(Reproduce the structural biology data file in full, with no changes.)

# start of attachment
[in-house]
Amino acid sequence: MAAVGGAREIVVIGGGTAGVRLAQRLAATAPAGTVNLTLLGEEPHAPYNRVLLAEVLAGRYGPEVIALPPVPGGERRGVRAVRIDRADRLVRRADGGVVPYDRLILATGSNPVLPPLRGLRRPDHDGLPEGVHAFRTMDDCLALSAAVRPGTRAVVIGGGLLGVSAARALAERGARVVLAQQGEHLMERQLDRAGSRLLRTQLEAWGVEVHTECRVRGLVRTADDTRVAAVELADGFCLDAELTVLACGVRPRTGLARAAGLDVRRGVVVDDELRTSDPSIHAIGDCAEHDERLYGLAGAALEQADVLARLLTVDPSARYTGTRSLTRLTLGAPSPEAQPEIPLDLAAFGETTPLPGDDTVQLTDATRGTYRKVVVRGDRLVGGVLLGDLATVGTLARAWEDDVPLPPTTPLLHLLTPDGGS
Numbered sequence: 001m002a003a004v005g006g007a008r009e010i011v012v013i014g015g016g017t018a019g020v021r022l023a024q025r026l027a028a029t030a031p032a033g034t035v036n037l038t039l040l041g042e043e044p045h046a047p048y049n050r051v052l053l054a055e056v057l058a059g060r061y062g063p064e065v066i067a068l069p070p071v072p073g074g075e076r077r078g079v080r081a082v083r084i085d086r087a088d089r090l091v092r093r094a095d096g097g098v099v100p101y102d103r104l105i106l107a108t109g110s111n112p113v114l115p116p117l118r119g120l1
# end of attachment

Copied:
[in-house]
Amino acid sequence: MAAVGGAREIVVIGGGTAGVRLAQRLAATAPAGTVNLTLLGEEPHAPYNRVLLAEVLAGRYGPEVIALPPVPGGERRGVRAVRIDRADRLVRRADGGVVPYDRLILATGSNPVLPPLRGLRRPDHDGLPEGVHAFRTMDDCLALSAAVRPGTRAVVIGGGLLGVSAARALAERGARVVLAQQGEHLMERQLDRAGSRLLRTQLEAWGVEVHTECRVRGLVRTADDTRVAAVELADGFCLDAELTVLACGVRPRTGLARAAGLDVRRGVVVDDELRTSDPSIHAIGDCAEHDERLYGLAGAALEQADVLARLLTVDPSARYTGTRSLTRLTLGAPSPEAQPEIPLDLAAFGETTPLPGDDTVQLTDATRGTYRKVVVRGDRLVGGVLLGDLATVGTLARAWEDDVPLPPTTPLLHLLTPDGGS
Numbered sequence: 001m002a003a004v005g006g007a008r009e010i011v012v013i014g015g016g017t018a019g020v021r022l023a024q025r026l027a028a029t030a031p032a033g034t035v036n037l038t039l040l041g042e043e044p045h046a047p048y049n050r051v052l053l054a055e056v057l058a059g060r061y062g063p064e065v066i067a068l069p070p071v072p073g074g075e076r077r078g079v080r081a082v083r084i085d086r087a088d089r090l091v092r093r094a095d096g097g098v099v100p101y102d103r104l105i106l107a108t109g110s111n112p113v114l115p116p117l118r119g120l1